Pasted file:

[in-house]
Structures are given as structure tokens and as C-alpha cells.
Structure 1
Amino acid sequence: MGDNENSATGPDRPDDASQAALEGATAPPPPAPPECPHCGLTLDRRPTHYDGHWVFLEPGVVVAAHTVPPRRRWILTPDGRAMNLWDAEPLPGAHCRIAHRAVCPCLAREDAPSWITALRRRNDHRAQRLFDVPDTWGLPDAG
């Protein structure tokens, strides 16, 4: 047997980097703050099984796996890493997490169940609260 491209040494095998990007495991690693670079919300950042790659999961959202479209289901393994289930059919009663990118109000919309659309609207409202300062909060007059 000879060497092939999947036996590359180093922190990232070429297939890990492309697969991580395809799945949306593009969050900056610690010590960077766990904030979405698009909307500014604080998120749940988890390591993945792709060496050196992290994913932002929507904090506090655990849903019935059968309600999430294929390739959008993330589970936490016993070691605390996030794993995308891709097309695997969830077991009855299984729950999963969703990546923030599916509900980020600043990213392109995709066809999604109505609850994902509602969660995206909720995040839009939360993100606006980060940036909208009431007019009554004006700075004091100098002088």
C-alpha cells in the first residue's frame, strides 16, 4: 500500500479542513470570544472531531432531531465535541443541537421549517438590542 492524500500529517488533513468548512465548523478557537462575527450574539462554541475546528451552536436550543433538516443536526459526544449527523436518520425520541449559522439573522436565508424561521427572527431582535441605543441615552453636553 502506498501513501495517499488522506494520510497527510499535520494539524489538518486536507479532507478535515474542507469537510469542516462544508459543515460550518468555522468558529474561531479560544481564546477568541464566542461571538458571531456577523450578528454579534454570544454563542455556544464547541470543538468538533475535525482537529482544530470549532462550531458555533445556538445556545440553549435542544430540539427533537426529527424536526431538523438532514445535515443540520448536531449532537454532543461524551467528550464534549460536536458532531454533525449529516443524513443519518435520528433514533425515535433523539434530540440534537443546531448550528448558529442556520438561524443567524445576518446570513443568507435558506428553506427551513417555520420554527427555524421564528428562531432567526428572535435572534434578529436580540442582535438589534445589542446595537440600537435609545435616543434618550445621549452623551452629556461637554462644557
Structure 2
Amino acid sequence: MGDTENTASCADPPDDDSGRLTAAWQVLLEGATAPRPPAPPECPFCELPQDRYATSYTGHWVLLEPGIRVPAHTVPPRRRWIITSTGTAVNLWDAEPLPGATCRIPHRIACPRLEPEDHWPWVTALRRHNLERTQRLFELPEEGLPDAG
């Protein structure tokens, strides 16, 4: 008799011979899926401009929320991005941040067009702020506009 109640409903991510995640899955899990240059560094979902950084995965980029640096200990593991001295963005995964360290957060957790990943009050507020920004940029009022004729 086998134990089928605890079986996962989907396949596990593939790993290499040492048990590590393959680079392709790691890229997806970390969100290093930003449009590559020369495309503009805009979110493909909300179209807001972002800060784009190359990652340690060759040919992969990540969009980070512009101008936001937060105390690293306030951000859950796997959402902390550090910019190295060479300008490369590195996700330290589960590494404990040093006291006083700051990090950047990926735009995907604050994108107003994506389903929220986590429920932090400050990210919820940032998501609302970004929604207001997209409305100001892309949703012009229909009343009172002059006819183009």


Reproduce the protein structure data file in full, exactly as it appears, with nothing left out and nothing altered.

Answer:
[in-house]
Structures are given as structure tokens and as C-alpha cells.
Structure 1
Amino acid sequence: MGDNENSATGPDRPDDASQAALEGATAPPPPAPPECPHCGLTLDRRPTHYDGHWVFLEPGVVVAAHTVPPRRRWILTPDGRAMNLWDAEPLPGAHCRIAHRAVCPCLAREDAPSWITALRRRNDHRAQRLFDVPDTWGLPDAG
């Protein structure tokens, strides 16, 4: 047997980097703050099984796996890493997490169940609260 491209040494095998990007495991690693670079919300950042790659999961959202479209289901393994289930059919009663990118109000919309659309609207409202300062909060007059 000879060497092939999947036996590359180093922190990232070429297939890990492309697969991580395809799945949306593009969050900056610690010590960077766990904030979405698009909307500014604080998120749940988890390591993945792709060496050196992290994913932002929507904090506090655990849903019935059968309600999430294929390739959008993330589970936490016993070691605390996030794993995308891709097309695997969830077991009855299984729950999963969703990546923030599916509900980020600043990213392109995709066809999604109505609850994902509602969660995206909720995040839009939360993100606006980060940036909208009431007019009554004006700075004091100098002088």
C-alpha cells in the first residue's frame, strides 16, 4: 500500500479542513470570544472531531432531531465535541443541537421549517438590542 492524500500529517488533513468548512465548523478557537462575527450574539462554541475546528451552536436550543433538516443536526459526544449527523436518520425520541449559522439573522436565508424561521427572527431582535441605543441615552453636553 502506498501513501495517499488522506494520510497527510499535520494539524489538518486536507479532507478535515474542507469537510469542516462544508459543515460550518468555522468558529474561531479560544481564546477568541464566542461571538458571531456577523450578528454579534454570544454563542455556544464547541470543538468538533475535525482537529482544530470549532462550531458555533445556538445556545440553549435542544430540539427533537426529527424536526431538523438532514445535515443540520448536531449532537454532543461524551467528550464534549460536536458532531454533525449529516443524513443519518435520528433514533425515535433523539434530540440534537443546531448550528448558529442556520438561524443567524445576518446570513443568507435558506428553506427551513417555520420554527427555524421564528428562531432567526428572535435572534434578529436580540442582535438589534445589542446595537440600537435609545435616543434618550445621549452623551452629556461637554462644557
Structure 2
Amino acid sequence: MGDTENTASCADPPDDDSGRLTAAWQVLLEGATAPRPPAPPECPFCELPQDRYATSYTGHWVLLEPGIRVPAHTVPPRRRWIITSTGTAVNLWDAEPLPGATCRIPHRIACPRLEPEDHWPWVTALRRHNLERTQRLFELPEEGLPDAG
């Protein structure tokens, strides 16, 4: 008799011979899926401009929320991005941040067009702020506009 109640409903991510995640899955899990240059560094979902950084995965980029640096200990593991001295963005995964360290957060957790990943009050507020920004940029009022004729 086998134990089928605890079986996962989907396949596990593939790993290499040492048990590590393959680079392709790691890229997806970390969100290093930003449009590559020369495309503009805009979110493909909300179209807001972002800060784009190359990652340690060759040919992969990540969009980070512009101008936001937060105390690293306030951000859950796997959402902390550090910019190295060479300008490369590195996700330290589960590494404990040093006291006083700051990090950047990926735009995907604050994108107003994506389903929220986590429920932090400050990210919820940032998501609302970004929604207001997209409305100001892309949703012009229909009343009172002059006819183009």